Skip to main content

GPU prices may be about to crash to incredible new lows

Nvidia may be preparing to apply yet another price drop for its RTX 30-series GPUs, according to reports emerging from China.

As reported by VideoCardz, Chinese website ZOL is reporting that Team Green could reduce the cost of its graphics cards by the end of August — a course of action that would undoubtedly be a response to the current state of the market.

Graphics card in the Acer Predator Orion 7000.
Jacob Roach / Digital Trends

The outlet is hearing that AMD will also join its rival in cutting the manufacturer’s suggested retail price (MSRP) for its own cards, the Radeon 7000-series.

MyDrivers, meanwhile, states that the price reduction Nvidia will be applying will be “larger than that of AMD.”

The real question is how large these price drops will actually be. After all, in recent months, we’ve already seen retail prices fall to the point where many video cards can now be purchased below their MSRPs.

Case in point: One of Nvidia’s board partners, EVGA, has cut the price for some of its RTX 3090 Ti models by an enormous $1,000. Not so long ago, cards were being sold for inflated price points far exceeding $1,000. For example, the RTX 3080 GPU can be found on eBay for lower than $650 — a far cry from its average selling price of $1,000 before the market stabilized.

This state of affairs is unprecedented, to say the least, but there are a few reasons to explain the GPU market normalizing. One of the contributing factors behind prices nosediving is the cryptocurrency industry crashing across the board – both Bitcoin and Ethereum values in particular have decreased in speculator fashion.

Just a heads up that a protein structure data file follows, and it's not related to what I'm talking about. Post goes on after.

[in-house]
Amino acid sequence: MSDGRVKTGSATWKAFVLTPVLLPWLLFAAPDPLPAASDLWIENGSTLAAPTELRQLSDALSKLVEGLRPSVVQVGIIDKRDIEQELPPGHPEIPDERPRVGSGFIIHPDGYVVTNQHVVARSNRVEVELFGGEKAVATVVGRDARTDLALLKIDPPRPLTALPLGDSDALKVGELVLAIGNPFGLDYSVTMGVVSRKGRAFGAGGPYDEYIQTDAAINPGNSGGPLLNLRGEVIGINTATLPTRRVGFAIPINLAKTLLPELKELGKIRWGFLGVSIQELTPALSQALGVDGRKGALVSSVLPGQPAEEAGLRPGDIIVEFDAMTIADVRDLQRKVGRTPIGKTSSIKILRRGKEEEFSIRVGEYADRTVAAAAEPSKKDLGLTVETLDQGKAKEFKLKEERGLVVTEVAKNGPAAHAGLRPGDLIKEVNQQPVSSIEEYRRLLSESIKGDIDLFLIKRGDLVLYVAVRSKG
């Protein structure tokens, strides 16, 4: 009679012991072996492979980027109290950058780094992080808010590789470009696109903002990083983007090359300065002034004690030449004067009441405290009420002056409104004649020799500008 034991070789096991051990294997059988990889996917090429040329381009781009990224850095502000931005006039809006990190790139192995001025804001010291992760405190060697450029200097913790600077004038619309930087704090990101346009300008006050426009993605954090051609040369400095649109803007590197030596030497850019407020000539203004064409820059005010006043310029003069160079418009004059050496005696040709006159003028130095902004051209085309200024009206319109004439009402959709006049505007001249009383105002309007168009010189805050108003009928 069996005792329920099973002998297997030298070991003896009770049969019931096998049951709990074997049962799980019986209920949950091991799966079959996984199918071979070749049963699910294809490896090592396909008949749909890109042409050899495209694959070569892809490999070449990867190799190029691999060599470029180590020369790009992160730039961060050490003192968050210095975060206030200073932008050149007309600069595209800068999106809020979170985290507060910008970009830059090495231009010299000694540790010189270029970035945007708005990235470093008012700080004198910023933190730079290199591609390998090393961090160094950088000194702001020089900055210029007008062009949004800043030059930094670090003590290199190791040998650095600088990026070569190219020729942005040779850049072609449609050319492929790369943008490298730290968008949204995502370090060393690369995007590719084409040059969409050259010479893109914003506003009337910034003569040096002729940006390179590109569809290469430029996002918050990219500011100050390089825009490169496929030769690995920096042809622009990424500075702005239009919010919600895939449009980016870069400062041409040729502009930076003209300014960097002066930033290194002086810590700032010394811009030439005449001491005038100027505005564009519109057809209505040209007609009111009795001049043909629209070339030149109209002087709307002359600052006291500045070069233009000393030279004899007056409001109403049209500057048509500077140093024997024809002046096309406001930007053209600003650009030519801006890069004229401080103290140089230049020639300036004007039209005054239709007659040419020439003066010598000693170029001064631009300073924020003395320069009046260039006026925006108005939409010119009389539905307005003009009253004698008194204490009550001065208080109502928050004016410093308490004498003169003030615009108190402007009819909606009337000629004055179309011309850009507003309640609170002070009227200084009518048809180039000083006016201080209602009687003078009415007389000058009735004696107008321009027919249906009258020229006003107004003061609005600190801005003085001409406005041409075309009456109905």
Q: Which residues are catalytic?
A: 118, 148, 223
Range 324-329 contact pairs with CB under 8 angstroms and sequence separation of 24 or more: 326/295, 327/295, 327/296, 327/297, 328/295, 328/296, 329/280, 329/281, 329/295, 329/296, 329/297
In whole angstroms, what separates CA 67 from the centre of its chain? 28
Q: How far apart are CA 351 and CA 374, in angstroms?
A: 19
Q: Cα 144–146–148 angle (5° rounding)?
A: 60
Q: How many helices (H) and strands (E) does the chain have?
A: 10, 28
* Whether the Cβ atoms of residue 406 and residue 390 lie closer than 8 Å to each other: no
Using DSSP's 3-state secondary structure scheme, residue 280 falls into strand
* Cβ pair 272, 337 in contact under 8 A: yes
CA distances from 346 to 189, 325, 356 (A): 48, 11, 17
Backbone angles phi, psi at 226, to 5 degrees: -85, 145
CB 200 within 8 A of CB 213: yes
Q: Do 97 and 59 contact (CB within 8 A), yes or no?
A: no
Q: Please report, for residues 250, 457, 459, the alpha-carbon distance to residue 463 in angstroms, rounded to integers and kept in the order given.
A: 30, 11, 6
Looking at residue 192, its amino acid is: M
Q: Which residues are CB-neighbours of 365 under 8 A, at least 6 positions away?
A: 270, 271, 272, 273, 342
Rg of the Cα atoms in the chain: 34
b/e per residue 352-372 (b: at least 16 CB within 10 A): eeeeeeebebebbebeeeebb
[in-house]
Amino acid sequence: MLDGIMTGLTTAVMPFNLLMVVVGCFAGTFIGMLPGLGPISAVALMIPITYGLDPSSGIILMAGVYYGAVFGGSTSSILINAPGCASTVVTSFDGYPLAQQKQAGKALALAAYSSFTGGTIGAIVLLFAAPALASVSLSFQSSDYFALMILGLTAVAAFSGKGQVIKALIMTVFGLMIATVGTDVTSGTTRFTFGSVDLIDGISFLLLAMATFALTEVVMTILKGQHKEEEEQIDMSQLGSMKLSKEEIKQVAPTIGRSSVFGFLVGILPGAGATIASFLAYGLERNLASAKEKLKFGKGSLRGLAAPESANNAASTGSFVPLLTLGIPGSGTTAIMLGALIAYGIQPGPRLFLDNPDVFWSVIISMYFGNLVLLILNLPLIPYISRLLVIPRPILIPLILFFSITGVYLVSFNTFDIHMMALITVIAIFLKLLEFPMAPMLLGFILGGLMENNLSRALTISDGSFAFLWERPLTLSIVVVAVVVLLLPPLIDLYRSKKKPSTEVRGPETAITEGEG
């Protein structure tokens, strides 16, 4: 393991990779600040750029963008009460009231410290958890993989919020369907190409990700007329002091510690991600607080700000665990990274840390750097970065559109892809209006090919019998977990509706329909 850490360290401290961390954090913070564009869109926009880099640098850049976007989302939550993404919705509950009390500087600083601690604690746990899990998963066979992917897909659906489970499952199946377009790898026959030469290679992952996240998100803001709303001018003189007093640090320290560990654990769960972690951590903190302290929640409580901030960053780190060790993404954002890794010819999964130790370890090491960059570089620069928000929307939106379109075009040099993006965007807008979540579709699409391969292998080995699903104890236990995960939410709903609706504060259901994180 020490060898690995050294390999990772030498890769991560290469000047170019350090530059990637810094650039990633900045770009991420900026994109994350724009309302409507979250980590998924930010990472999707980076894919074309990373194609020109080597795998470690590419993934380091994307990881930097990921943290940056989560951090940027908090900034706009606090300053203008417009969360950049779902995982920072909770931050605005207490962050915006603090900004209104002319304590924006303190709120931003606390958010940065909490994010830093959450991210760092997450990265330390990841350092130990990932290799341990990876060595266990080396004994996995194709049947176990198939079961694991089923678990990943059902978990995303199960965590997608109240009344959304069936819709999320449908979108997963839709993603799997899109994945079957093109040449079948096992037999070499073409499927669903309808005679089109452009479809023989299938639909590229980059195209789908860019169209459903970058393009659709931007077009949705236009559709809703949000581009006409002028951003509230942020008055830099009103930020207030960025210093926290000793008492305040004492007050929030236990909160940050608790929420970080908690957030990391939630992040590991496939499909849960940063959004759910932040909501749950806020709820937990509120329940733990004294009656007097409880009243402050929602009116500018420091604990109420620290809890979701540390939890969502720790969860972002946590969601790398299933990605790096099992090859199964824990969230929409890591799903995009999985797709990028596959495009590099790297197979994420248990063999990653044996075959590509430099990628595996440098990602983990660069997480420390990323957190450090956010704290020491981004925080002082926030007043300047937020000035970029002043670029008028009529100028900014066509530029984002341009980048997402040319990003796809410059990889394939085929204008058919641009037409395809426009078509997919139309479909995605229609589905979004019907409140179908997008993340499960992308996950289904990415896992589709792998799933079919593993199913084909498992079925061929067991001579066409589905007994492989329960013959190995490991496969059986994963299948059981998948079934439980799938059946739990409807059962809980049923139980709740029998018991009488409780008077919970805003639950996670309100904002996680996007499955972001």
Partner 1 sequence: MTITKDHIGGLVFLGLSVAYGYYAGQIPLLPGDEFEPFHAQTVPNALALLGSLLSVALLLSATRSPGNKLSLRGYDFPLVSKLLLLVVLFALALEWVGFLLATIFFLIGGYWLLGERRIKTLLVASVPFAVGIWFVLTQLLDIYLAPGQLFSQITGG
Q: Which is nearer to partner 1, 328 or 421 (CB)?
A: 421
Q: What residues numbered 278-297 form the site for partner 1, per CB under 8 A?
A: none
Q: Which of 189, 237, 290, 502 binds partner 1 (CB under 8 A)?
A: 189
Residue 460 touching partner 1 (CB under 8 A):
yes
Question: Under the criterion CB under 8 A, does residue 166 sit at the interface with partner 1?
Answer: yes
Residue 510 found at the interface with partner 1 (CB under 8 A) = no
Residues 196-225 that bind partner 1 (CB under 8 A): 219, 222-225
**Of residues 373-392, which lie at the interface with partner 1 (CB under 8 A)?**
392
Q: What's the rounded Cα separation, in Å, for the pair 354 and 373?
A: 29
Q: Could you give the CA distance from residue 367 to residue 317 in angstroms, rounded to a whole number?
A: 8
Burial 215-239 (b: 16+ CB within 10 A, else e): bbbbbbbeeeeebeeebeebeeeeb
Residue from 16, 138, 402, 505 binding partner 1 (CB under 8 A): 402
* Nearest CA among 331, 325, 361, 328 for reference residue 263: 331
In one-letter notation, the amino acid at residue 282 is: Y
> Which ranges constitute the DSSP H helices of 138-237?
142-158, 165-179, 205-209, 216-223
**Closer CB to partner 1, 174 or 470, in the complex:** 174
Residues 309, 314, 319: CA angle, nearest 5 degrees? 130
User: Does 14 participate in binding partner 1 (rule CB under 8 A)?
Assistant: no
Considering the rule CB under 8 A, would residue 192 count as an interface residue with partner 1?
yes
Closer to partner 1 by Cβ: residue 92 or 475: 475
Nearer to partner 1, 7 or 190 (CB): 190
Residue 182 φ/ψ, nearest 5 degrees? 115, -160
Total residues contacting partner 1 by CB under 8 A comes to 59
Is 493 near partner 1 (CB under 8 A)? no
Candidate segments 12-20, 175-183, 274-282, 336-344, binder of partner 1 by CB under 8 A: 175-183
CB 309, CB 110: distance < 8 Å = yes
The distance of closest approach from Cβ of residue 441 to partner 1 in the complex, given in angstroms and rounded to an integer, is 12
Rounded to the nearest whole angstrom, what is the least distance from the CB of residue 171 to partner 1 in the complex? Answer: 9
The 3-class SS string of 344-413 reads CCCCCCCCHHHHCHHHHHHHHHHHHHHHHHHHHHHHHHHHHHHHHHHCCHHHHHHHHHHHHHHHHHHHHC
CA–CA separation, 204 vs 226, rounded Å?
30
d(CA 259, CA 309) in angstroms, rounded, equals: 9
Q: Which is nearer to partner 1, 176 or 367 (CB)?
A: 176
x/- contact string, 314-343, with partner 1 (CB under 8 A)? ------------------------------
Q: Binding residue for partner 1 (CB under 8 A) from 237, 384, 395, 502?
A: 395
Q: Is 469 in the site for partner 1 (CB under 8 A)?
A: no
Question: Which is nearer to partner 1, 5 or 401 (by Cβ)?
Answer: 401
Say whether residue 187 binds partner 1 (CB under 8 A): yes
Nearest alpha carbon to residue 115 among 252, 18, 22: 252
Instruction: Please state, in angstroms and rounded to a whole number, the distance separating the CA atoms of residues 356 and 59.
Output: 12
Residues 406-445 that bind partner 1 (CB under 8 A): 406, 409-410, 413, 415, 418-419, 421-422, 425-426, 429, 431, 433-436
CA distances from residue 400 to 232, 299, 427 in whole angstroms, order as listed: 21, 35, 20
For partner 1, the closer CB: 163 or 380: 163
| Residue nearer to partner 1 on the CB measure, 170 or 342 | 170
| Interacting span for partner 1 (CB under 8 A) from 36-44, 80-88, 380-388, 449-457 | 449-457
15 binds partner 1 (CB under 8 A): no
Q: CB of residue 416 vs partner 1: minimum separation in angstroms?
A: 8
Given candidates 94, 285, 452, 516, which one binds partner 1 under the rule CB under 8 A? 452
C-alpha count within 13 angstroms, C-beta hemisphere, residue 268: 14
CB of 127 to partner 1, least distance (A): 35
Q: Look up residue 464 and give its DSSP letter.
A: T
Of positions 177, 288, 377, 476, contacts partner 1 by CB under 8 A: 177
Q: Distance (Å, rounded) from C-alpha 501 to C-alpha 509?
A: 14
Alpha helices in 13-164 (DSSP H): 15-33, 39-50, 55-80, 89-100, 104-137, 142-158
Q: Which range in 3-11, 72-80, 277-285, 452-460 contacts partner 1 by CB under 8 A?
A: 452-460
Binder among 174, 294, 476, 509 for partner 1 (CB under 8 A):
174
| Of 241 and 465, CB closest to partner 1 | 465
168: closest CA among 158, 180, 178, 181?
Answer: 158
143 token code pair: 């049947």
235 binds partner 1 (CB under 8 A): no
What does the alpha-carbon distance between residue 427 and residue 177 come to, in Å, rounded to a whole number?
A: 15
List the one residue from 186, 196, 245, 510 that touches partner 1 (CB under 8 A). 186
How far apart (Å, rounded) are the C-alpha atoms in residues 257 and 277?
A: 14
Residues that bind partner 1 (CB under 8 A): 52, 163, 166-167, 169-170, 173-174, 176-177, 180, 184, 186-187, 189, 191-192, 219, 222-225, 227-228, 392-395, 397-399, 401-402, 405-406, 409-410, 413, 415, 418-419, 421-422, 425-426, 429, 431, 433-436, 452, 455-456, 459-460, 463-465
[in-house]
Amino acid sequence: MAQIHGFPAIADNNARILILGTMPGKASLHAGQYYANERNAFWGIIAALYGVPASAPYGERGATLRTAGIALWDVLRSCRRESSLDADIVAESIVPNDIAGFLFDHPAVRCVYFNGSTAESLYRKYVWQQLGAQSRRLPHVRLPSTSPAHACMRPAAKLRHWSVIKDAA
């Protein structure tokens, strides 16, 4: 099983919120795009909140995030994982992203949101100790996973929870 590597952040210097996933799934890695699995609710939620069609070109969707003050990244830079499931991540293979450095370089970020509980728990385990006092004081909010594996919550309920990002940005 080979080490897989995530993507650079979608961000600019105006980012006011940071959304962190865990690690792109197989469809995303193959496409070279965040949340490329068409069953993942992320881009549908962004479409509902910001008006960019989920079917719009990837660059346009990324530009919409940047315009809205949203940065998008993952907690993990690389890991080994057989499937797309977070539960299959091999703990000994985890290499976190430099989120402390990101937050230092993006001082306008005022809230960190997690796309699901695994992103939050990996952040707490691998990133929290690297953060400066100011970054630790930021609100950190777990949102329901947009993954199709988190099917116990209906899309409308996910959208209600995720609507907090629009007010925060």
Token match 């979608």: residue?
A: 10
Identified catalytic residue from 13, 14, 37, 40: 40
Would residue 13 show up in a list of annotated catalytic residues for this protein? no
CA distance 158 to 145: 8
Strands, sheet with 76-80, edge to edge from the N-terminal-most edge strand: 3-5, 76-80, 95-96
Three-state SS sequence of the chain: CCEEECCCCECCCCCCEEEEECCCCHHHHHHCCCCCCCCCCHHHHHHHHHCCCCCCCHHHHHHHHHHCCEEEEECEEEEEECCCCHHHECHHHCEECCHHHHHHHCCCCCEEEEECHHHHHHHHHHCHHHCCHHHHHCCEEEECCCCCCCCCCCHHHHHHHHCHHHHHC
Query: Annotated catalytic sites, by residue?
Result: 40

A Radeon RX 6700 XT GPU unit installed on a motherboard.

And with shortage issues no longer affecting current-gen graphics cards, there’s been a huge buildup of stock, driving prices down even further.

Furthermore, next-gen RTX 40 and Radeon 7000 cards are only a few months away, which will obviously have a noticeable impact on the demand for boards.

Nvidia was previously reported to have slashed the MSRP for some of its flagship GPUs by as much as $500 last month. With that in mind, alongside the aforementioned supply chain reports, we could realistically see sub-$1,000 prices for some of the most powerful graphics cards become the new norm.

Lending credence to that scenario is the fact that Nvidia and AMD won’t want to possess an abundance of current-gen stock by the time their successors arrive.

Elsewhere, in Germany and Austria, the GeForce RTX 30-series is now available for 9% below MSRPs, while AMD’s Radeon RX 6000 lineup can be picked up for 14% below MSRPs.

Editors' Recommendations